"It was hard to realize that these memories of growing up in a rather odd backwoods area of Georgia could take me places in my imagination and in my craft that were exciting and instructive for me. Each poem written from those memories was a way forward for me, a way of placing my memories and my life in a mythological sort of framework so that I could keep drawing on it."
Poet and publisher Richard Krawiec was so taken with the sonnets of Southern Fictions that he published it on his Jacar Press. He cites Byer's commitment to craft as what makes her an indispensible North Carolina poet. "We live in a time when people self-publish everything they burp. Kay takes about six years between books, which I think is a testament to how seriously she takes her work as a writer.
"These sonnets deal with stuff that nobody actually deals with, about being a child and having a black girl be killed by a white driver and nobody says anything about it even though there were 20 witnesses," Krawiec continues.
Although Byer would hardly describe herself as an activist poet, her record speaks otherwise. Her work navigates a reader through rough Southern psychic terrain. And she redefined the role of the North Carolina Poet Laureate through tireless blogging that accumulated to a critical archive of contemporary verse across the state.
Byer's understated energy will be part of a wealth of offerings at the NCWN conference, which runs Friday through Sunday. N.C. State professor and novelist Jill McCorkle will teach a master class in fiction, and National Book Critics Circle Award winner Edith Pearlman will deliver the keynote address.
Charles Fiore, Communications Director of the North Carolina Writers Network, says that in addition to Byer, writers appearing at the conference will include Chapel Hill-based Shane Ryan, who writes sharp-witted, hilarious commentary—frequently about ACC basketball—for the Grantland website, and the conference will also have its first-ever music writing class with David Menconi and Peter Holsapple. And did you know that N.C. State's Elaine Neil Orr is teaching a creative nonfiction master class on "lyric scene and evocative voice"?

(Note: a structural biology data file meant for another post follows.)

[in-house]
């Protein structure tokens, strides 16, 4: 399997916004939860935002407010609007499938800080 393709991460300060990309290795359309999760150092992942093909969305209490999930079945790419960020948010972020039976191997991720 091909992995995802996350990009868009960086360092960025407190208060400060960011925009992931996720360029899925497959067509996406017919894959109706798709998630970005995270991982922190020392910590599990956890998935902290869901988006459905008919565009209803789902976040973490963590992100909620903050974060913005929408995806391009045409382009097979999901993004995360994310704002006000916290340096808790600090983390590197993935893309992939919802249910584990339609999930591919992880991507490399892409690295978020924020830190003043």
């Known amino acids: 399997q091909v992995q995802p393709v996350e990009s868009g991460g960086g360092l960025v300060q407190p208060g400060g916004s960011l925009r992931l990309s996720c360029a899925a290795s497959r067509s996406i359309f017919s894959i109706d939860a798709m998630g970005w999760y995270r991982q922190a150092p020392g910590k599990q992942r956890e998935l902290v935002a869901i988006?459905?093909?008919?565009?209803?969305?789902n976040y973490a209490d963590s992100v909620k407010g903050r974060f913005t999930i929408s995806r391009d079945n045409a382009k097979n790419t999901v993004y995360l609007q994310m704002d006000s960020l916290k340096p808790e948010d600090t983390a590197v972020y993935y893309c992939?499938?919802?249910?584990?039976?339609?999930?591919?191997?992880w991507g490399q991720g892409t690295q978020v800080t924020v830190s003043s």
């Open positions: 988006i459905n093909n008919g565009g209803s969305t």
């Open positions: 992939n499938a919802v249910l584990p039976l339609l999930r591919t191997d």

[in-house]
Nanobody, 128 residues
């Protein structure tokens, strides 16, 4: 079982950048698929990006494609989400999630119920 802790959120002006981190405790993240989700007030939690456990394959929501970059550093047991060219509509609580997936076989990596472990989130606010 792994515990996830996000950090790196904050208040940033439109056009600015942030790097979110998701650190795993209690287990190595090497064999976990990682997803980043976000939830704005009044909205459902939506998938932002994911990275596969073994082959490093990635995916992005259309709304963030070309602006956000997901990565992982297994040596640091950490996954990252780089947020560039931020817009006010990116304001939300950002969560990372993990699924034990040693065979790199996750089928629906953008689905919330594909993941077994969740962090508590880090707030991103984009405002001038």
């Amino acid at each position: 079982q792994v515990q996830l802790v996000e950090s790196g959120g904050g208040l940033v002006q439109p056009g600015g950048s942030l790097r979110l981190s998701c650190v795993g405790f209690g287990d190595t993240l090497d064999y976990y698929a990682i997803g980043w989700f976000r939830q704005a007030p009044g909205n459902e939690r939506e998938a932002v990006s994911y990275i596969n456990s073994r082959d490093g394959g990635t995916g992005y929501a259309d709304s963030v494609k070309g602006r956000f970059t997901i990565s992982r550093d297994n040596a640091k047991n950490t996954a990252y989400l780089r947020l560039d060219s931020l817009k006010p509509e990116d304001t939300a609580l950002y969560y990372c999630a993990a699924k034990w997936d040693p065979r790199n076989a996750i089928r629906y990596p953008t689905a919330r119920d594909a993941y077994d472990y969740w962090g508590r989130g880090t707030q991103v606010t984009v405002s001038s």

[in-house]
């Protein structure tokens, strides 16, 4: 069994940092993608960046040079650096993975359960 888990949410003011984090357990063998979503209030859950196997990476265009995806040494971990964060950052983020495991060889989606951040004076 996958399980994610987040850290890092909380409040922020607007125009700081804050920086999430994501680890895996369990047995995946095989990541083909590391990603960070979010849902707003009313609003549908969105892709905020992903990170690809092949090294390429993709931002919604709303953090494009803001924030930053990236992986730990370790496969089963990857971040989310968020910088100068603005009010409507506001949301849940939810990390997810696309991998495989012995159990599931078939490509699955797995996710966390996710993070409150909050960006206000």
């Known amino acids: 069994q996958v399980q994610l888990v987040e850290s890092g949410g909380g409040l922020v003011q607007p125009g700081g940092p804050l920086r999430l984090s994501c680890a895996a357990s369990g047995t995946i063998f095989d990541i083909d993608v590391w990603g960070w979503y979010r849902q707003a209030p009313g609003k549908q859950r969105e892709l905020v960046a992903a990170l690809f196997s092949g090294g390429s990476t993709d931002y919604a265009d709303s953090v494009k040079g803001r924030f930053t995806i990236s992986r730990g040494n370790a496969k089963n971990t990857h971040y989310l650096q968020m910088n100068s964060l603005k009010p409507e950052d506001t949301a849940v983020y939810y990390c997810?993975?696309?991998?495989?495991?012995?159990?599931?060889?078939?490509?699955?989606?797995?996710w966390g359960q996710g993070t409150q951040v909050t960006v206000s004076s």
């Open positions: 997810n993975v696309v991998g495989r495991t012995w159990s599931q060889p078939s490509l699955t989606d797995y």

However, the best part of the conference, to Fiore, is the energy attendees get, regardless of their publication list or lack thereof, from a feeling of belonging to a community of writers.
"We call ourselves one of the most inclusive writing conferences in the country and we work hard to make that happen," Fiore says. "I've certainly been to conferences around the country and seen people afraid to approach the faculty." That won't be the case this weekend, for Byer is about the most approachable, even-keeled poet you'll find.
"I think she should seriously be considered for the national poet laureate position," Krawiec says. "The South has been underrepresented in that. And if you think of all the poets on the horizon, who's better?"
This article appeared in print with the headline "The poet in the hall."